Excavations at a Thames Water sewage works in South Cerney, near Cirencester, have uncovered a variety of prehistoric features and artefacts, including a rare Bronze Age spearhead.
The site lies within a wider multiperiod archaeological landscape, where previous investigations have uncovered traces of human activity spanning the Neolithic to Roman periods, including a large Bronze Age settlement made up of timber post- built structures, as well as a Romano-British farm- stead, associated field boundaries, and evidence of agricultural activity.
The most recent fieldwork – led by Cotswold Archaeology in conjunction with Thames Water, and undertaken in advance of the creation of a new wetland wildlife habitat – identified six post-built roundhouses dating from the late Bronze Age to early Iron Age, plus two Roman trackways and a range of pottery and animal bone. The most significant discovery, however, was a near-pristine 3,000-year-old spearhead, which was found just below the surface in a shallow pit. This feature was surrounded by an enigmatic circle of stake-holes; their precise function is unknown, but they may have formed part of an above-ground structure designed to mark the pit.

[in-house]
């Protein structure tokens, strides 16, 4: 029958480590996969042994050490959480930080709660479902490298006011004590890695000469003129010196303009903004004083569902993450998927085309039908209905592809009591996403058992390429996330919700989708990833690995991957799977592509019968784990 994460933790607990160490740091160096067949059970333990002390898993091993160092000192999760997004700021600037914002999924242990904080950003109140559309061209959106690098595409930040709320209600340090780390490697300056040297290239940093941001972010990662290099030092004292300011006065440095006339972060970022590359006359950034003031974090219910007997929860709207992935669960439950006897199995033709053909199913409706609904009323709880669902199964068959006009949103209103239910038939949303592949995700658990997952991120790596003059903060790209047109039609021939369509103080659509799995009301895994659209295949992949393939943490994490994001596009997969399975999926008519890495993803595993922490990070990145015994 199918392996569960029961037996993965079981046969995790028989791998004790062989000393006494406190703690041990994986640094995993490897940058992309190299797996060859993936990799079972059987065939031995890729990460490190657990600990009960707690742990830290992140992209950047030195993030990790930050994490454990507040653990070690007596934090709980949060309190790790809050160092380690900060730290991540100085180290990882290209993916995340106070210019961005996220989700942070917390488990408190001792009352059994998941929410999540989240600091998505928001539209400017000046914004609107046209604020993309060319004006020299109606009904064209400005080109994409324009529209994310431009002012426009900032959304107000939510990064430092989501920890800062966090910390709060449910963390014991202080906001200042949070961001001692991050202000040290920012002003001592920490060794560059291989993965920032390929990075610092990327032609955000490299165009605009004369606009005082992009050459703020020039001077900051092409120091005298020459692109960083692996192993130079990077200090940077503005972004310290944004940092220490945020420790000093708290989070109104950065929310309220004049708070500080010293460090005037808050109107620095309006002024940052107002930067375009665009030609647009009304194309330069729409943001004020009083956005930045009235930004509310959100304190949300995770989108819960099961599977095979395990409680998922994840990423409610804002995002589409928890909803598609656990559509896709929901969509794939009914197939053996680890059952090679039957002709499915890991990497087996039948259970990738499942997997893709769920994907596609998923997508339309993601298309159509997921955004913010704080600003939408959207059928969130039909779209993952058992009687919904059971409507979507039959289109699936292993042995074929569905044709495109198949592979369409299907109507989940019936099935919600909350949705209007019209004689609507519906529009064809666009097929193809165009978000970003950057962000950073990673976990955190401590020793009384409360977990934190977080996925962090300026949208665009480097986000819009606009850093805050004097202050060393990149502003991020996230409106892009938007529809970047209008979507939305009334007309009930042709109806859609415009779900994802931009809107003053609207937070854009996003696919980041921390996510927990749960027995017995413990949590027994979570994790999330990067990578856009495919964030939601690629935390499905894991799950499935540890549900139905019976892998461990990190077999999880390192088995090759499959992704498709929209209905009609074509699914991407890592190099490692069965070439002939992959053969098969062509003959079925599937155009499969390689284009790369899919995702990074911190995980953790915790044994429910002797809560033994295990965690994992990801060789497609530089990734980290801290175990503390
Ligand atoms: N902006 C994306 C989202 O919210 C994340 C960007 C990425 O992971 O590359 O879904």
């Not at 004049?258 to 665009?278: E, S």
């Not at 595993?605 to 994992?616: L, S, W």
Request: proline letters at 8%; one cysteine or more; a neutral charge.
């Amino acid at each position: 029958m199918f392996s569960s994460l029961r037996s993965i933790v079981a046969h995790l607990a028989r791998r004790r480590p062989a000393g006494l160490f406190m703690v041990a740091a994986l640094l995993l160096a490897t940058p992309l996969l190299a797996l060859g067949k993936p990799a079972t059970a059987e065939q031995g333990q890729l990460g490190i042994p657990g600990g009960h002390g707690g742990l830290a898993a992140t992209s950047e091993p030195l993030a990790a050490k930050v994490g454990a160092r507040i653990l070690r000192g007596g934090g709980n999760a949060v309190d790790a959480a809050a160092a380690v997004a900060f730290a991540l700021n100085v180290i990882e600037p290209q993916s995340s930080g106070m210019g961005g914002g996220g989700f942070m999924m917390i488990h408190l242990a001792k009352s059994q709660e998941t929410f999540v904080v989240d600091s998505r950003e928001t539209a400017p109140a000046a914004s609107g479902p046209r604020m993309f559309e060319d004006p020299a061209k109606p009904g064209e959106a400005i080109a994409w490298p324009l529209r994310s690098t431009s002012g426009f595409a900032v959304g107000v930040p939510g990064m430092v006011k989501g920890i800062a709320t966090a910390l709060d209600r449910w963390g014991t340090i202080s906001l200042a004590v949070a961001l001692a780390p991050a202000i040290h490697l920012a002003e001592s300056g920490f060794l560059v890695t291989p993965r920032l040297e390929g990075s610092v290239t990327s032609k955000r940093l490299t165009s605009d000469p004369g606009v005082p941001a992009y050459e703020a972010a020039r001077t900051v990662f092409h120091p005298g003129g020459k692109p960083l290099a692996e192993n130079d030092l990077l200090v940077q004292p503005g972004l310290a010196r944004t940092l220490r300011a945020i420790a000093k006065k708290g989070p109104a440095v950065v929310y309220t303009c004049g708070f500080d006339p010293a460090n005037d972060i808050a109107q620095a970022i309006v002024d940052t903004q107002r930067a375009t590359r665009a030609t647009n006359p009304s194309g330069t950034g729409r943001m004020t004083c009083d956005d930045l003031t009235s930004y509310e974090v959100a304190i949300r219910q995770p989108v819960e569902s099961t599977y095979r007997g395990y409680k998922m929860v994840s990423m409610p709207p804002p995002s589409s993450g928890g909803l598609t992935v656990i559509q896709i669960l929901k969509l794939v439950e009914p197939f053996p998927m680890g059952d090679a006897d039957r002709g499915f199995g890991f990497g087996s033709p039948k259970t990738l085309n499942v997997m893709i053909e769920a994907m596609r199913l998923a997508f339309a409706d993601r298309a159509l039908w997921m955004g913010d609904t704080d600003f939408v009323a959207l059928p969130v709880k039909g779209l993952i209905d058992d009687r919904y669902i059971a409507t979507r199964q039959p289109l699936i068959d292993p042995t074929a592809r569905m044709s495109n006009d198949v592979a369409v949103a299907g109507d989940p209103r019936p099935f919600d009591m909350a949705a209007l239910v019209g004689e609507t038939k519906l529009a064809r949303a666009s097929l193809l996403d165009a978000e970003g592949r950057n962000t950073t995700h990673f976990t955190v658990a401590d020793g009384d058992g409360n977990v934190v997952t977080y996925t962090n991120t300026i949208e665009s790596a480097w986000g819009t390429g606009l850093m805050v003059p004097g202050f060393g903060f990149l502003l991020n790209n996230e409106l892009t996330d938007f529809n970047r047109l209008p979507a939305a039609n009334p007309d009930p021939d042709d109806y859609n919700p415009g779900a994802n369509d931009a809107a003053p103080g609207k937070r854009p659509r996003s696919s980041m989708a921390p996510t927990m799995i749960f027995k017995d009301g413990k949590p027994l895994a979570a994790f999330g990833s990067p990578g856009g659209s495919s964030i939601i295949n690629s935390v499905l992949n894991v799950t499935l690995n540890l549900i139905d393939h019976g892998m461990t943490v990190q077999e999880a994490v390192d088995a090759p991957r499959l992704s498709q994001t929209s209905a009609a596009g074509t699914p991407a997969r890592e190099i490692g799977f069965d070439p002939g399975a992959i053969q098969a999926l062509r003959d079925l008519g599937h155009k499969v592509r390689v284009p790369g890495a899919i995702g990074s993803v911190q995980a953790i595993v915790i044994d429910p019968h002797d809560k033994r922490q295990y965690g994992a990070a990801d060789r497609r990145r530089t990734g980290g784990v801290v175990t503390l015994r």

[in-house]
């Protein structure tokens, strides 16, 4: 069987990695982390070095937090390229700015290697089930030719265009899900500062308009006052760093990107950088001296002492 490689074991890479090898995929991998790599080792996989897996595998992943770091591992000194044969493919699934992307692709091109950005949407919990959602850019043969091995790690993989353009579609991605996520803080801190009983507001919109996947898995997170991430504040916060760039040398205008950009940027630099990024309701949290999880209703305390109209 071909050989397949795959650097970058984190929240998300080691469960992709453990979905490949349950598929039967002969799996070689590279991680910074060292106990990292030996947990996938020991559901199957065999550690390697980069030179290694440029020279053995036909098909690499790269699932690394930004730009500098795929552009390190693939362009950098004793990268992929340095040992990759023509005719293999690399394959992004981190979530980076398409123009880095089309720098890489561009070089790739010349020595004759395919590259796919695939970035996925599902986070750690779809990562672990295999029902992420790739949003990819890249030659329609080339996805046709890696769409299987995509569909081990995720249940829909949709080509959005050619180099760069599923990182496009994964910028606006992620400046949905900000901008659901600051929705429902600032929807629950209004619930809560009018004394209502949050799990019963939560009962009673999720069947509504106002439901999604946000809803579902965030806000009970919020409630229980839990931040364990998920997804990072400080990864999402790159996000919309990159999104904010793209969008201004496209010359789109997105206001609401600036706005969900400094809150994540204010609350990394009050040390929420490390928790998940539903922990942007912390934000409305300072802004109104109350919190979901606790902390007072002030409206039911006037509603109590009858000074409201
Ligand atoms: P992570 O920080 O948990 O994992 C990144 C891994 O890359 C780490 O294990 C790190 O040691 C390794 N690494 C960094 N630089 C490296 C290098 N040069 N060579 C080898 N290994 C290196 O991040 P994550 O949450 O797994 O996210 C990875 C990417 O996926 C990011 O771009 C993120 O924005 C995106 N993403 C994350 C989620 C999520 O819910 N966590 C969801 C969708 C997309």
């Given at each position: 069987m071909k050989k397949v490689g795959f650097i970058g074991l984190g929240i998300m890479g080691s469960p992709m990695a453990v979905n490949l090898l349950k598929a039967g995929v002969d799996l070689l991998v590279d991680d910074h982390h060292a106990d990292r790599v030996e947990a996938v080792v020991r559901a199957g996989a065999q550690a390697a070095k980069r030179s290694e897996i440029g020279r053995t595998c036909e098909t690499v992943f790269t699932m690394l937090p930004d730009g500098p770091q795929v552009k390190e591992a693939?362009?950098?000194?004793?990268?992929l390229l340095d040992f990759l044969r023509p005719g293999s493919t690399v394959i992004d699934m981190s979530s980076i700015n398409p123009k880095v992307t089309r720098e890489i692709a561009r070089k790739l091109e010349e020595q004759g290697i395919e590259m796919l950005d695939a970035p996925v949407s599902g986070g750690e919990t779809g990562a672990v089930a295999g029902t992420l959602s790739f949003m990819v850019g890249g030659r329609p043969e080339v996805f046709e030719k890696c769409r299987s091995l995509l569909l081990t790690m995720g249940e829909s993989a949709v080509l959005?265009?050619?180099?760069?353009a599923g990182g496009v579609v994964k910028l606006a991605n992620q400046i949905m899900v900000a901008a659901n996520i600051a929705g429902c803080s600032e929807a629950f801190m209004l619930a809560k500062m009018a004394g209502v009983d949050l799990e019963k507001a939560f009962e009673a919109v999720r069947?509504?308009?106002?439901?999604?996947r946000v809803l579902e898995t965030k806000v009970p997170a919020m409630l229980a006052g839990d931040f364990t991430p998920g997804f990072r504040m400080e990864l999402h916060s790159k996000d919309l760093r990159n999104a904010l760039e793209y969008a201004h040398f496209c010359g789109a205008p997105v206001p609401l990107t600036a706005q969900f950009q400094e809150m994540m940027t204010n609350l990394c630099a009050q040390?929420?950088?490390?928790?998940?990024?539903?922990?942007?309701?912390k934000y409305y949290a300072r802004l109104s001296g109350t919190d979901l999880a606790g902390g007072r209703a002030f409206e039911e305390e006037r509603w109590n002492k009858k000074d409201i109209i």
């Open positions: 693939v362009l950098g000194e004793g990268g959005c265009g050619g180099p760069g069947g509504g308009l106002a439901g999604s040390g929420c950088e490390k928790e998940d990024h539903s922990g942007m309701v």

Alex Thomson, Cotswold Archaeology’s Project Manager, commented: ‘On the first day we were there, on almost the first machine-scrape, this beautiful spearhead popped out of the top of a Bronze Age pit. They’re very rare to find and exceptionally special artefacts. Believe me when I say, the preservation of this one is phenomenal.’
Work at the site is ongoing, and Cotswold Archaeology is working with Thames Water to examine and catalogue the artefacts, which could be put on public display at Cirencester’s Corinium Museum. The £200,000 Thames Water project that funded the excavations will culminate in the creation of around 4ha of wetland habitat for a range of amphibians, insects, and wading and migratory birds.